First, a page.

Archive for Recession

Froma Harrop gets down to it:

Suppose the U.S. government had posted a budget surplus in 12 of the past 13 years. Suppose not a single major American financial institution had failed or needed a government bailout. Suppose the U.S. economy grew at an annual rate of 6.1 percent in the first quarter of this year, rather than at 2.7 percent.

Canada did, Harrop instructs, explaining that “What Canada had was a civic culture that wanted government to regulate financial activity.”

It’s not exactly apples and apples. Harrop runs down a few of the differences. Canada’s vast mineral wealth. America thinks it’s our job to provide military security for the rest of the world, “a job that other countries are all-too-pleased to give us,” she notes. Kinda runs up our costs (and tax burden). But Canada’s regulatory structures help keep the foxes out of the hen house.

How much are Canada’s businesses suffering? Harrop reports that Toronto’s large cap index has outperformed the S&P 500 so far this year by 27 percent. Anytime new regulations are proposed here, American foxes yelp in Pavlovian fashion about how regulation will make them an endangered species.

No, that’s the American Middle Class.

Harrop observes:

What we have is an elite willing to risk everyone else’s economic security to enable a few hotshots to win big at the casino of recklessness and fraud — while maintaining a variety of taxpayer backstops to reduce their risks. The joint never gets closed, also thanks to the large numbers of ordinary citizens trained to holler “socialism” every time the government tries to set a ground rule.

Yet even the conservative Washington Times will report that Canada’s banking system is “the healthiest banking system in the world.” The World Economic Forum agrees.

The AP reported in June that Canada had already reclaimed three-quarters of the jobs lost during the recession, although some recent gains have been in part-time work not expected to last.

Troublesome nuance.

Categories : Economy, Recession
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Prof. Elizabeth Warren and Sarah in her Elaine Marshall for U.S. Senate tee shirt at Netroots Nation 2010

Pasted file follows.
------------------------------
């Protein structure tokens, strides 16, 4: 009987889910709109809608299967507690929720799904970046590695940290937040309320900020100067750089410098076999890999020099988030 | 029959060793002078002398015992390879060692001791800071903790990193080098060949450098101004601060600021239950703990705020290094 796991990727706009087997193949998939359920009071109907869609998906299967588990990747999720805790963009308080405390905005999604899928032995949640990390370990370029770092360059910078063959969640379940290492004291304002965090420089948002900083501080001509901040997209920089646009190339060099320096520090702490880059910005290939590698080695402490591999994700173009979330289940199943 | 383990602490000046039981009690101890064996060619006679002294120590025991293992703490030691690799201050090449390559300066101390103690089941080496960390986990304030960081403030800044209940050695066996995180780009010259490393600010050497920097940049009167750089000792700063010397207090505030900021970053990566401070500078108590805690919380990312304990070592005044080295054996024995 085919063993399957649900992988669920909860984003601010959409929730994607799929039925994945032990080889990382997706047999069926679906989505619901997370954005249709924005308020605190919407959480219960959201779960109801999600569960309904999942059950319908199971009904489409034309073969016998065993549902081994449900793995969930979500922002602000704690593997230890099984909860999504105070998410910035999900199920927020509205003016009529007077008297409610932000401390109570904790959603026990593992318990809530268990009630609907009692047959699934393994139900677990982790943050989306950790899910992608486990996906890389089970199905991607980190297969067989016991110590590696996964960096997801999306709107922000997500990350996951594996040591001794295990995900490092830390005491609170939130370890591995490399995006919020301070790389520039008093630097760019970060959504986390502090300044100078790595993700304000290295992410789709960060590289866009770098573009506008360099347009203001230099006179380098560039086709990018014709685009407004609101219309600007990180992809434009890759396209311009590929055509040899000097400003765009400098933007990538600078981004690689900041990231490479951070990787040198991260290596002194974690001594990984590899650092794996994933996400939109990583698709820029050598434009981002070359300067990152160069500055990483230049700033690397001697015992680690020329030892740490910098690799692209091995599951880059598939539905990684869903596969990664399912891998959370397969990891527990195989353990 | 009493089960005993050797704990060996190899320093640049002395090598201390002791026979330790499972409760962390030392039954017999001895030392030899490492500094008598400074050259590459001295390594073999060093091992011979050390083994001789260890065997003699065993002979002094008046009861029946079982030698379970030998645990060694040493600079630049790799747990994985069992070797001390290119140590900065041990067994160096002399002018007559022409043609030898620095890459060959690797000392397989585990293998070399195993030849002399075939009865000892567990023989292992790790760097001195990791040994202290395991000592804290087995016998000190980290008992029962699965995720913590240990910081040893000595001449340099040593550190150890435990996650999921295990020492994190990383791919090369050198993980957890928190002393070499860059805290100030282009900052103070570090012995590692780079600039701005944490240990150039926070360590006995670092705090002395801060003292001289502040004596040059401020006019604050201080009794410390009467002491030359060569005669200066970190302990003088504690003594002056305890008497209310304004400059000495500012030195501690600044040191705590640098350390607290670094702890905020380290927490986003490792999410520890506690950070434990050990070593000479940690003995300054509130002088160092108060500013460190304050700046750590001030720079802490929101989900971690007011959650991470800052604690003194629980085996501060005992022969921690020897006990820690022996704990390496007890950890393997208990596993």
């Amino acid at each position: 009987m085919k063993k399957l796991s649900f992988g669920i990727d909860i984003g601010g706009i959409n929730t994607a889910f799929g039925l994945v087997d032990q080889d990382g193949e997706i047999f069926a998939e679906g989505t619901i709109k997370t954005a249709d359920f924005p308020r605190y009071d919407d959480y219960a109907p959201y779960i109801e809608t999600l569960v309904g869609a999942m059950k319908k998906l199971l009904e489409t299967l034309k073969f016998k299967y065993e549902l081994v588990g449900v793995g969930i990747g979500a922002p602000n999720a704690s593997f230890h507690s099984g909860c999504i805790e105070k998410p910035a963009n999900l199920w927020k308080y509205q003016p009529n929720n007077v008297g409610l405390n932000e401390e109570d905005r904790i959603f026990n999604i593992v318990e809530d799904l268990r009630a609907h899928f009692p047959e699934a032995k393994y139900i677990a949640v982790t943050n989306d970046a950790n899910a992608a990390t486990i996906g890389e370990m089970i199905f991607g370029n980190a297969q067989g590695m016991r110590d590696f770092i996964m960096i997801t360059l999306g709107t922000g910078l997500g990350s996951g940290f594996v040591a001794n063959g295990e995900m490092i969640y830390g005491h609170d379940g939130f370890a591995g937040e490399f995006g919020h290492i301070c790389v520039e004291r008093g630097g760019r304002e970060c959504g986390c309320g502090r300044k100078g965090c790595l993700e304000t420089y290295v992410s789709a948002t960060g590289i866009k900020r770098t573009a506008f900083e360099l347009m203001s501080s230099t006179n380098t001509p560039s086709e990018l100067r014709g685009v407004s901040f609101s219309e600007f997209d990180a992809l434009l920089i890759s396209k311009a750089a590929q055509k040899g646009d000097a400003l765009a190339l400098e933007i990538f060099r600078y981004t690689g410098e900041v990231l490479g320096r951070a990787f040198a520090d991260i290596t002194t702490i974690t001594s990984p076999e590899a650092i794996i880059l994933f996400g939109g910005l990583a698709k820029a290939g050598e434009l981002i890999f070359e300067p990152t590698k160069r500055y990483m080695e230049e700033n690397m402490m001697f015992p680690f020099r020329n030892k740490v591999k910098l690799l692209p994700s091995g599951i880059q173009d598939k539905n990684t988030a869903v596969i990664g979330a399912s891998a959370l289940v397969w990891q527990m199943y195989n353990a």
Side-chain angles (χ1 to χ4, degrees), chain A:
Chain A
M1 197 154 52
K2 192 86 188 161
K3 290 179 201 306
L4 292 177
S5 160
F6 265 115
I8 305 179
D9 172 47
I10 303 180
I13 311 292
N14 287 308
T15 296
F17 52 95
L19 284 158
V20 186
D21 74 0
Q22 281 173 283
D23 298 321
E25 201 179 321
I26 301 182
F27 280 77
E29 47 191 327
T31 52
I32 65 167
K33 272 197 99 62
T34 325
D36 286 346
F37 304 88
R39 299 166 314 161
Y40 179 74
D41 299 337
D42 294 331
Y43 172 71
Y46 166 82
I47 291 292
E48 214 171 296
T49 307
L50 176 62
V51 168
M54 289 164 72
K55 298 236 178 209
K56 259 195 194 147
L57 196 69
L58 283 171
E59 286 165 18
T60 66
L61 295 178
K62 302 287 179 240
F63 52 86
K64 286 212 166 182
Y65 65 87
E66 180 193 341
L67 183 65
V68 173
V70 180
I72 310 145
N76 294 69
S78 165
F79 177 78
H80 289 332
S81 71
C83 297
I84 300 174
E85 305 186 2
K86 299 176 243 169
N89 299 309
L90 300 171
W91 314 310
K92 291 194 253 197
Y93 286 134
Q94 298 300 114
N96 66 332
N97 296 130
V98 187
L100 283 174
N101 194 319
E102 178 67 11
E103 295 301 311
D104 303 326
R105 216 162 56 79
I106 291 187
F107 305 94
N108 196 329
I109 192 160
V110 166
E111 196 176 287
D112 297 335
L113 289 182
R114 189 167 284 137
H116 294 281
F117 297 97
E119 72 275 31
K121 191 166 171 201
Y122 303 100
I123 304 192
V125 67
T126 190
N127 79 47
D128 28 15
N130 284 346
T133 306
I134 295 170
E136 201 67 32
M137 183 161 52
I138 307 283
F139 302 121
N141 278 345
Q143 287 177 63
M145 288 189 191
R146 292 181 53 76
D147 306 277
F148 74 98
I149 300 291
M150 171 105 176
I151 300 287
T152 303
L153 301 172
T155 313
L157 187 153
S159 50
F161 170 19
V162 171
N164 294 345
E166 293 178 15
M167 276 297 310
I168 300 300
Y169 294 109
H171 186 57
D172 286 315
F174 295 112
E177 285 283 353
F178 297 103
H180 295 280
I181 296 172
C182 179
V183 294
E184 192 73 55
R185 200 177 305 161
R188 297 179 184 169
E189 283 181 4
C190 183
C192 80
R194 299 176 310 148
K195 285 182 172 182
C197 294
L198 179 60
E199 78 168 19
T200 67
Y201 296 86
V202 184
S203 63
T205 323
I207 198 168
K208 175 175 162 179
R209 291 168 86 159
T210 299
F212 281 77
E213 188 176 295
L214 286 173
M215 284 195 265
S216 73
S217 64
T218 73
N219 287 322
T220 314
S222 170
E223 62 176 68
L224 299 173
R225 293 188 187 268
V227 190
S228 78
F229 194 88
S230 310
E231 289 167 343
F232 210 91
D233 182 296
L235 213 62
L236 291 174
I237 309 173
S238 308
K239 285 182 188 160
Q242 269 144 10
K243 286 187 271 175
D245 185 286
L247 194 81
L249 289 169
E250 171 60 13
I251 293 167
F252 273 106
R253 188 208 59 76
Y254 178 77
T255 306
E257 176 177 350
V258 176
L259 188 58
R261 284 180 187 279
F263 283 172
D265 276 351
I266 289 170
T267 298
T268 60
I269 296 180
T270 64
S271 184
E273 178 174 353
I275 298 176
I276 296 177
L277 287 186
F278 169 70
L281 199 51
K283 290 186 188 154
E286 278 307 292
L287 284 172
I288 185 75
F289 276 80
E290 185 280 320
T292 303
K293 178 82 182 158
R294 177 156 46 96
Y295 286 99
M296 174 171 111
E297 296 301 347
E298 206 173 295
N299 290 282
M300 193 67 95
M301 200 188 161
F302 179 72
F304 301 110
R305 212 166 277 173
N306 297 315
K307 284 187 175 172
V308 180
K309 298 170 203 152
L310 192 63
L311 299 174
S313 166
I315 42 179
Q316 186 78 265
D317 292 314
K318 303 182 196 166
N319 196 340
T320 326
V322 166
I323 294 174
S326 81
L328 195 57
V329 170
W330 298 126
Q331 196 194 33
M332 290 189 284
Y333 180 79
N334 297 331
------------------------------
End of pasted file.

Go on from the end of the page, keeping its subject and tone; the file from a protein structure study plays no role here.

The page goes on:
So okay, Speaker Nancy Pelosi and Senate Majority Leader Harry Reid were at Netroots. (Harry Reid got the less warm reception.) Sen. Al Franken closed out the conference. But the real rock star treatment went to TARP Congressional Oversight Panel chair, Prof. Elizabeth Warren, who perhaps got more applause and support than anyone.

A close colleague was so pleased to meet Warren that she asked if I would post the picture.

Manufacturing was a hot topic at the conference. We met these guys from the Alliance for American Manufacturing at the conference in Las Vegas. Executive Director Scott Paul mentioned the possibility of holding a forum on manufacturing in Western North Carolina. Rep. Heath Shuler, he noted, is a strong supporter.

I recognize the venue for the America’s Future Now! conference in some shots in the AAM video, so I’d say those segments aren’t exactly man-on-the-street interviews. Their data and presentation nonetheless raised eyebrows.

Nancy Pelosi addressed American manufacturing on Saturday after delivering a special taped message from President Obama:

Pelosi spoke about “Making It in America,” the Democrats’ manufacturing agenda that she said would roll out in coming weeks to help restore and create industrial jobs. “Jobs, jobs, jobs is very important, but we have to get it done,” Pelosi said. “People have to see the difference between what the Republicans want to do about this — nothing — and what we are advocating.”

No, Madame Speaker, people will have to see what we are *doing* about it if jobs, jobs, jobs is to be anything more than a slogan.

Jul
22

It’s The Results That Count

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from Netroots Nation in Las Vegas, where it’s 6 a.m. and downstairs a woman is dancing on top of a bank of slot machines